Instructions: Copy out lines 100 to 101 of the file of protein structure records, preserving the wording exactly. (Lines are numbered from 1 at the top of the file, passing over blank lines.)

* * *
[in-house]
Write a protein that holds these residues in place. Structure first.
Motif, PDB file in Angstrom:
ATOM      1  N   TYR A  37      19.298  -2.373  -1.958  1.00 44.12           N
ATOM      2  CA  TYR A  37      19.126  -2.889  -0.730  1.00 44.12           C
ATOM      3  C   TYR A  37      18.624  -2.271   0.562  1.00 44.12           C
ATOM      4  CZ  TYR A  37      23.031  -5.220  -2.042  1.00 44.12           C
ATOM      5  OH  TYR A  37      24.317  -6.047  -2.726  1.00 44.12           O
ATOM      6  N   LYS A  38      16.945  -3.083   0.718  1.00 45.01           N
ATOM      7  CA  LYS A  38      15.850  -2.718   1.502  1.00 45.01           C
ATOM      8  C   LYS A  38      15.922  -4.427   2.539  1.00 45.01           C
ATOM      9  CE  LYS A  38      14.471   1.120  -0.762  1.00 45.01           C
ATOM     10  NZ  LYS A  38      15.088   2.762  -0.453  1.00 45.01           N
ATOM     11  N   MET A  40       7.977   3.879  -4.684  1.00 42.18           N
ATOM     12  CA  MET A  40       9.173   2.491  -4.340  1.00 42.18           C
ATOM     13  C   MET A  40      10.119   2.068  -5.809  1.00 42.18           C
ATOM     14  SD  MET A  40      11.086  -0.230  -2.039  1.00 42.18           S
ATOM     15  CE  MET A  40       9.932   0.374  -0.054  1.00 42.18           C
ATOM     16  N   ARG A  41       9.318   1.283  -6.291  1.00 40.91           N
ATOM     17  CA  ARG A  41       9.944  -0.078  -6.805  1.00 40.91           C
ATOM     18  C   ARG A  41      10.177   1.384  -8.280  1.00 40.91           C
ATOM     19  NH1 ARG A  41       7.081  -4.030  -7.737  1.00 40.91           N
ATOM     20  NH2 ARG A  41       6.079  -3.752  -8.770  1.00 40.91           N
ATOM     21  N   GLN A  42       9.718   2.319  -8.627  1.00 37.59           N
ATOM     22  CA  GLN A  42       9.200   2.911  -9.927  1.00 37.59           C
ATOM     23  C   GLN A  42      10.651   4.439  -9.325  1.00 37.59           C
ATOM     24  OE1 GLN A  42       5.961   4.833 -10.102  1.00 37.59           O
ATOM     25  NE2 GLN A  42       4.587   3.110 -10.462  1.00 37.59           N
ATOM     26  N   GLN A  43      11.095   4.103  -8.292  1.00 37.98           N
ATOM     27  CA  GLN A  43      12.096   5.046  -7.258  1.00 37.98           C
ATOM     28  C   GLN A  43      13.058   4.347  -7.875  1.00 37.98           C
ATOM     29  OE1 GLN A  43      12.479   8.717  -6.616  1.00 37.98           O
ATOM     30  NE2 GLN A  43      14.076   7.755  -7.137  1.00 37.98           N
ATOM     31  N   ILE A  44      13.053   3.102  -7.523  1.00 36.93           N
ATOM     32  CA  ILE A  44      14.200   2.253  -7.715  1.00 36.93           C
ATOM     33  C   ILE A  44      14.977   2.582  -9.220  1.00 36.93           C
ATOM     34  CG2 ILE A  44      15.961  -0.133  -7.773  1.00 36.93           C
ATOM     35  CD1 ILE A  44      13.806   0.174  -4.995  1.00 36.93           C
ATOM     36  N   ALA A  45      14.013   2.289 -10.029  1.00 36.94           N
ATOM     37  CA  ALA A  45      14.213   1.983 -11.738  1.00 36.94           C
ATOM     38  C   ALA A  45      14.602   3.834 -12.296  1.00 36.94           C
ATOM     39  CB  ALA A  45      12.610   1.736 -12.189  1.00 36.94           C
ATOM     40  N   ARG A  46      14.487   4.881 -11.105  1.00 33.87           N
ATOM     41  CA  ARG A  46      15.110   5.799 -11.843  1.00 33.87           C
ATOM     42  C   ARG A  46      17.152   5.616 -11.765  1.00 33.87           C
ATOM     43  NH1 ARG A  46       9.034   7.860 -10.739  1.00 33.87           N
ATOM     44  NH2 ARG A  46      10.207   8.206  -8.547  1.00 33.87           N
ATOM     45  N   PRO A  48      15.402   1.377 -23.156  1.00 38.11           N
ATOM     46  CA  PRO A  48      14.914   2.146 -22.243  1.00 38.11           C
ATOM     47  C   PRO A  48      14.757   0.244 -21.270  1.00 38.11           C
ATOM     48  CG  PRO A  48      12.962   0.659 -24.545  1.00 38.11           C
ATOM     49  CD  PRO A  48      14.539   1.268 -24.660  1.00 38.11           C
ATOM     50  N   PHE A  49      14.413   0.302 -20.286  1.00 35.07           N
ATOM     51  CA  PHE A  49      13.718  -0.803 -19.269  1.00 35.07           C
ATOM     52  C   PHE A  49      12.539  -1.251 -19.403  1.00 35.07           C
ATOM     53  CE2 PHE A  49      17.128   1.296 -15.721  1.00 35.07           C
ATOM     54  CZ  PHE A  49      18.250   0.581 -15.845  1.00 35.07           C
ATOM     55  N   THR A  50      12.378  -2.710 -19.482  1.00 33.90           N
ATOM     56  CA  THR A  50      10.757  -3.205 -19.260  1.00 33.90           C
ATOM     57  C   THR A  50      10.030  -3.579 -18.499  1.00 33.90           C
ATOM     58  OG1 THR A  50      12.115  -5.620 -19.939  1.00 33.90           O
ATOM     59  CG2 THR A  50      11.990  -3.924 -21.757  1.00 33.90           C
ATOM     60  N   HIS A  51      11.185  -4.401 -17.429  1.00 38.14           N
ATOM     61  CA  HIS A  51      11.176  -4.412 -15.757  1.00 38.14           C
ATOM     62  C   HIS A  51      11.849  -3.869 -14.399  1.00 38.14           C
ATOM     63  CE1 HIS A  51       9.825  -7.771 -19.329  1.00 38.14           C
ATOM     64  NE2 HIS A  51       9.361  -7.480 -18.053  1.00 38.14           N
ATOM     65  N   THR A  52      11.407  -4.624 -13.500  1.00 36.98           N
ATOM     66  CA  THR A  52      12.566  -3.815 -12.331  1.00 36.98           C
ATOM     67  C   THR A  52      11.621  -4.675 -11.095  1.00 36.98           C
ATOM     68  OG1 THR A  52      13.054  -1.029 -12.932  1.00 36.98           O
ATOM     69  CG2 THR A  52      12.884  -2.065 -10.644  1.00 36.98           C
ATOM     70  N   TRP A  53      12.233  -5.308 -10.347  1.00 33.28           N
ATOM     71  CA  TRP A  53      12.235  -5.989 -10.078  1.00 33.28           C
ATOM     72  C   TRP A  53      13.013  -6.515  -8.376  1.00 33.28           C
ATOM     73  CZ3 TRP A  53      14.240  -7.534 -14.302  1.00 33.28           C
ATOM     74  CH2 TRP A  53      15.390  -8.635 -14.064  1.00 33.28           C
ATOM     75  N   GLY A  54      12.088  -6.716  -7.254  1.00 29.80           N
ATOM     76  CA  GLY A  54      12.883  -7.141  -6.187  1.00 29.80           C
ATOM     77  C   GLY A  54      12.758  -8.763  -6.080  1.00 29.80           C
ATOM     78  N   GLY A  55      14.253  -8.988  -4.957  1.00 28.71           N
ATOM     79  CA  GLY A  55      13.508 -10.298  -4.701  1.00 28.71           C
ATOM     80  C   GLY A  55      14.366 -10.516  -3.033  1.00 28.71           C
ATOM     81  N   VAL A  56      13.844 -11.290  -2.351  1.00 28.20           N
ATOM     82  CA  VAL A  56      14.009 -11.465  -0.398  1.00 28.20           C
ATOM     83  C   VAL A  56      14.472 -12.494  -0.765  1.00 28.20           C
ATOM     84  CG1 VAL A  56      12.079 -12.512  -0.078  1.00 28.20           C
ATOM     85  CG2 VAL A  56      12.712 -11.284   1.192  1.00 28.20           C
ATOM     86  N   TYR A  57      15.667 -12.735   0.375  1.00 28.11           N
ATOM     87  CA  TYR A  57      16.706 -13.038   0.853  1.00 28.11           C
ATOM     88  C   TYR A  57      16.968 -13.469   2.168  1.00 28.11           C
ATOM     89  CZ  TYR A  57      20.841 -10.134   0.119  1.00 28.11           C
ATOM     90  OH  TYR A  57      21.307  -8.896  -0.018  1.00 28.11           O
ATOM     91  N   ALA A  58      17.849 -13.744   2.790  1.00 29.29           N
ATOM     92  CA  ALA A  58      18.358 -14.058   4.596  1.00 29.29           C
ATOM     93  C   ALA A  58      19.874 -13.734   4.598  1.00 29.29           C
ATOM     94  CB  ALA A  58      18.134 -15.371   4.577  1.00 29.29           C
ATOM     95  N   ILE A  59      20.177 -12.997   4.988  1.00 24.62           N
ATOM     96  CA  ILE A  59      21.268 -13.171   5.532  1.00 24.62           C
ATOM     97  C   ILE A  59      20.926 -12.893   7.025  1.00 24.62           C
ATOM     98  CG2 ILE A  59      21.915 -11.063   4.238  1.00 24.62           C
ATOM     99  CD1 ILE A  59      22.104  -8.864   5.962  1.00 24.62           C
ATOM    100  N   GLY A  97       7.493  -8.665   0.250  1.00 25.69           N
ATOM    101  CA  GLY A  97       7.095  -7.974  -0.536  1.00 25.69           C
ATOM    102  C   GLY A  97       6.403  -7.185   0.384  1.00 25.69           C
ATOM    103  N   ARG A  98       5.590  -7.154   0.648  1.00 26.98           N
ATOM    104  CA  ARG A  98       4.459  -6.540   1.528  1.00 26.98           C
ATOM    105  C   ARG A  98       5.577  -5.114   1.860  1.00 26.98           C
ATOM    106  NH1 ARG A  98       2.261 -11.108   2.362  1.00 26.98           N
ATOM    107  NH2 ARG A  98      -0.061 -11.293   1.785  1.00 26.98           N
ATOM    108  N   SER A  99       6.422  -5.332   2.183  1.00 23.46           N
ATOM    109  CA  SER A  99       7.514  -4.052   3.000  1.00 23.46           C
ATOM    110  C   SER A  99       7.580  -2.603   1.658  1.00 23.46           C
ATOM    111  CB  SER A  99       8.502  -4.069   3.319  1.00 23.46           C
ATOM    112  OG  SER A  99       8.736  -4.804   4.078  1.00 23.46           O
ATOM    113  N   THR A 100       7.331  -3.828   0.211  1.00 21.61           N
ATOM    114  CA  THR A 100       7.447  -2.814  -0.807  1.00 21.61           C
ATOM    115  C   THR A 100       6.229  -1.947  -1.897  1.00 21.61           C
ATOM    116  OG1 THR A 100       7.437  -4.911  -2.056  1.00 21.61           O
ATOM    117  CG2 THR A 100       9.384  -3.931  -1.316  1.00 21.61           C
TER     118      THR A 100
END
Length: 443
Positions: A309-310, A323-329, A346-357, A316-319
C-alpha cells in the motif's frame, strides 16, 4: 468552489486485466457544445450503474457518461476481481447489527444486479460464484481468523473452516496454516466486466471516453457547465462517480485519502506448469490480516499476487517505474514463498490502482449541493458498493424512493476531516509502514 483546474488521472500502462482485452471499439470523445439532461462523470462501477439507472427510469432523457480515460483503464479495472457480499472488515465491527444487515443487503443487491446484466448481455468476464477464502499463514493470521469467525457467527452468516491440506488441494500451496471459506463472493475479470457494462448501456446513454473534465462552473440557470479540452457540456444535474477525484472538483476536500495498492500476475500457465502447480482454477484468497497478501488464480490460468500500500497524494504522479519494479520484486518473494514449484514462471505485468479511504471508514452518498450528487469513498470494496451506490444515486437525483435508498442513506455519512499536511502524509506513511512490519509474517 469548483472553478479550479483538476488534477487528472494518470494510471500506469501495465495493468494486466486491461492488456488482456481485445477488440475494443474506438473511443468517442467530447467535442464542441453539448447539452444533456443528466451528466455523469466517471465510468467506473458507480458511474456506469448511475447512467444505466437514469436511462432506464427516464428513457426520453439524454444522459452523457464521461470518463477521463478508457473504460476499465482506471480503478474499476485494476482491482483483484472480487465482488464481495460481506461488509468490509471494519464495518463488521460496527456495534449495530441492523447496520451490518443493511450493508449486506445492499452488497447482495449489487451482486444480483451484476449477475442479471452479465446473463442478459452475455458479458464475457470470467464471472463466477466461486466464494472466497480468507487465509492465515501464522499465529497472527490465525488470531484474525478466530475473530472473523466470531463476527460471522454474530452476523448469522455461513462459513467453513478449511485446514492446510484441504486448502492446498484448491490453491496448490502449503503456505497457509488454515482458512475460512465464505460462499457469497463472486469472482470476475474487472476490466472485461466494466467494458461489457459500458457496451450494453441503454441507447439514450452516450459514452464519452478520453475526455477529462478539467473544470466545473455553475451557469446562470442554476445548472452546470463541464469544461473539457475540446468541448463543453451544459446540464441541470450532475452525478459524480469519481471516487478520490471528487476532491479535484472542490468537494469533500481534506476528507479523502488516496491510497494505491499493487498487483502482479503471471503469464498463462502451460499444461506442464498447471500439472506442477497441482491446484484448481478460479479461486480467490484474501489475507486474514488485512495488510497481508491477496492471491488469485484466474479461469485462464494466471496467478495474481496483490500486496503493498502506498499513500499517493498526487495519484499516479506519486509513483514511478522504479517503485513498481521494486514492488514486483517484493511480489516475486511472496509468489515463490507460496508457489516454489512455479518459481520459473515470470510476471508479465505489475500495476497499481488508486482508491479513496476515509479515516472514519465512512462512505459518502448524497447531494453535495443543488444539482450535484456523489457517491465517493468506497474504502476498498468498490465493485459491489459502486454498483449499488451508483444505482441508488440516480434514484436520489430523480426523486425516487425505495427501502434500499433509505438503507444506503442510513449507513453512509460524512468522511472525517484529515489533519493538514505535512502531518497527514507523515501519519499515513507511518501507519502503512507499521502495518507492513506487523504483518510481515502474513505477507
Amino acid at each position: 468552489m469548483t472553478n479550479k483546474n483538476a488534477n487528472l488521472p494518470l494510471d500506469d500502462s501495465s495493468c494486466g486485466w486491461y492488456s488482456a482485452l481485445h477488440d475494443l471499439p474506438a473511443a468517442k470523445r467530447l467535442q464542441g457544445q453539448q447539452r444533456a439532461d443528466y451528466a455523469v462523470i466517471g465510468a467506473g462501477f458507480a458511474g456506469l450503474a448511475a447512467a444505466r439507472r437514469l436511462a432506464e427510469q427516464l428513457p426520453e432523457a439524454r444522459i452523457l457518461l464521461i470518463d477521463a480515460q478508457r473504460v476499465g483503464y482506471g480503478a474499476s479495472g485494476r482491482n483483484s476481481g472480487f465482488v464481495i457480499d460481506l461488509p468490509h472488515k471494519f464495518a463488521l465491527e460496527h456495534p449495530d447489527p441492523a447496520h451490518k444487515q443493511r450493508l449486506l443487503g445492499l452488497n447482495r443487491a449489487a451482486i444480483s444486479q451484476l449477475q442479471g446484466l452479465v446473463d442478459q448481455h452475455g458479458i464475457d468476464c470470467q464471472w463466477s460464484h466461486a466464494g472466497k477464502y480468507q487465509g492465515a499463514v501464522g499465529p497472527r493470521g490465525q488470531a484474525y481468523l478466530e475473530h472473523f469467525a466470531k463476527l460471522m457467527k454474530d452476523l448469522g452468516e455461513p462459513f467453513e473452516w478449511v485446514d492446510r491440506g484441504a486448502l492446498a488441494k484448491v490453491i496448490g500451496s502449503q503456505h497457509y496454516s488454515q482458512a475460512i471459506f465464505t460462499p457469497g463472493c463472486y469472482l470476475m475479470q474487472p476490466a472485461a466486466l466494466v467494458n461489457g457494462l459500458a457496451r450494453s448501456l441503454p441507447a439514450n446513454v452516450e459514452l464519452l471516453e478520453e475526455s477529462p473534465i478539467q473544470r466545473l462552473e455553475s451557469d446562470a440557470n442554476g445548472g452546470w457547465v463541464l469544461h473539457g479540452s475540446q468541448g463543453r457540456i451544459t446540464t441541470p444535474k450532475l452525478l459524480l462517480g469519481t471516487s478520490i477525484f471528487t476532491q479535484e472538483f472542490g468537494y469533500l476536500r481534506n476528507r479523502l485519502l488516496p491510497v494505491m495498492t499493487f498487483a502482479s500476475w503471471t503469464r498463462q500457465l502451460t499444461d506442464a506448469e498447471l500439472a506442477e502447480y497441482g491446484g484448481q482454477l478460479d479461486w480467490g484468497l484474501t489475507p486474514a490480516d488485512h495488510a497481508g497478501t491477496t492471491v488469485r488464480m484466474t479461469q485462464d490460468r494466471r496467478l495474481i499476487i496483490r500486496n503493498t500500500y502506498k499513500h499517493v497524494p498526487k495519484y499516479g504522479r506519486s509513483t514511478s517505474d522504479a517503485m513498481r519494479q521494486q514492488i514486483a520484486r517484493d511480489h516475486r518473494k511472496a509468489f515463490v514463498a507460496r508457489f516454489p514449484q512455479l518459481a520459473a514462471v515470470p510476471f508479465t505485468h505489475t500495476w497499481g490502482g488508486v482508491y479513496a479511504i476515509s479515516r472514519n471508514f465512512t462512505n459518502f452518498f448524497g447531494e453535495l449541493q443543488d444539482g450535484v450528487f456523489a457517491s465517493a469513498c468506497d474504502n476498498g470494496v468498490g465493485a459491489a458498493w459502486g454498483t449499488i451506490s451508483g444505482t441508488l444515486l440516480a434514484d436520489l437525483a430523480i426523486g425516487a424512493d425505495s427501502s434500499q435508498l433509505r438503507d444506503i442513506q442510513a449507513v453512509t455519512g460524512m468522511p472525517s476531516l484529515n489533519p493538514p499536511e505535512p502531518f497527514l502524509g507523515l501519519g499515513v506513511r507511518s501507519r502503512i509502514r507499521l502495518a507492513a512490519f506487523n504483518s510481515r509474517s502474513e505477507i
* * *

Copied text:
ATOM     97  C   ILE A  59      20.926 -12.893   7.025  1.00 24.62           C
ATOM     98  CG2 ILE A  59      21.915 -11.063   4.238  1.00 24.62           C